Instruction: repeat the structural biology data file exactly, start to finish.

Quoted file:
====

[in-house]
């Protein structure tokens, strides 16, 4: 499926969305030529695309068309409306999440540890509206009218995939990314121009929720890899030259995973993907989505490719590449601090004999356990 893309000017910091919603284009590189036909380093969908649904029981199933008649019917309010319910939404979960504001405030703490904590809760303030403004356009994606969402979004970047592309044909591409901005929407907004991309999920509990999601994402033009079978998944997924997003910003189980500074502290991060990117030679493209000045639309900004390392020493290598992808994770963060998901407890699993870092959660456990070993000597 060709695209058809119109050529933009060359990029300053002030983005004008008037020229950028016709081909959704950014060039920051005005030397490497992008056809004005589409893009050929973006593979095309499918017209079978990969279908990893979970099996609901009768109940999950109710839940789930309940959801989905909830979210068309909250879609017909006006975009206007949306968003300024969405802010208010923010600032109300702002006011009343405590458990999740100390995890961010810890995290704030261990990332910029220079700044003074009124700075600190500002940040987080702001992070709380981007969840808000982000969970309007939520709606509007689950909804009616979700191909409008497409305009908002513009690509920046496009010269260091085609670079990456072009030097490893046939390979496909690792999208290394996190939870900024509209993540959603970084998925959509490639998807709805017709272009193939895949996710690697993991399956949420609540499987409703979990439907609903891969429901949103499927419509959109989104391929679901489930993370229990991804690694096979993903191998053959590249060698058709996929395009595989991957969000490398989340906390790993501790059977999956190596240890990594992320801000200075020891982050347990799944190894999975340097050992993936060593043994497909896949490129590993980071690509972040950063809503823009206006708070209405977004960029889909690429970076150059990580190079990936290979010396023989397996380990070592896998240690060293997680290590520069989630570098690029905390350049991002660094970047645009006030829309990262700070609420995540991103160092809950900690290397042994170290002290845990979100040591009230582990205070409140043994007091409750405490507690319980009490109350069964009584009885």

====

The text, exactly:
[in-house]
């Protein structure tokens, strides 16, 4: 499926969305030529695309068309409306999440540890509206009218995939990314121009929720890899030259995973993907989505490719590449601090004999356990 893309000017910091919603284009590189036909380093969908649904029981199933008649019917309010319910939404979960504001405030703490904590809760303030403004356009994606969402979004970047592309044909591409901005929407907004991309999920509990999601994402033009079978998944997924997003910003189980500074502290991060990117030679493209000045639309900004390392020493290598992808994770963060998901407890699993870092959660456990070993000597 060709695209058809119109050529933009060359990029300053002030983005004008008037020229950028016709081909959704950014060039920051005005030397490497992008056809004005589409893009050929973006593979095309499918017209079978990969279908990893979970099996609901009768109940999950109710839940789930309940959801989905909830979210068309909250879609017909006006975009206007949306968003300024969405802010208010923010600032109300702002006011009343405590458990999740100390995890961010810890995290704030261990990332910029220079700044003074009124700075600190500002940040987080702001992070709380981007969840808000982000969970309007939520709606509007689950909804009616979700191909409008497409305009908002513009690509920046496009010269260091085609670079990456072009030097490893046939390979496909690792999208290394996190939870900024509209993540959603970084998925959509490639998807709805017709272009193939895949996710690697993991399956949420609540499987409703979990439907609903891969429901949103499927419509959109989104391929679901489930993370229990991804690694096979993903191998053959590249060698058709996929395009595989991957969000490398989340906390790993501790059977999956190596240890990594992320801000200075020891982050347990799944190894999975340097050992993936060593043994497909896949490129590993980071690509972040950063809503823009206006708070209405977004960029889909690429970076150059990580190079990936290979010396023989397996380990070592896998240690060293997680290590520069989630570098690029905390350049991002660094970047645009006030829309990262700070609420995540991103160092809950900690290397042994170290002290845990979100040591009230582990205070409140043994007091409750405490507690319980009490109350069964009584009885």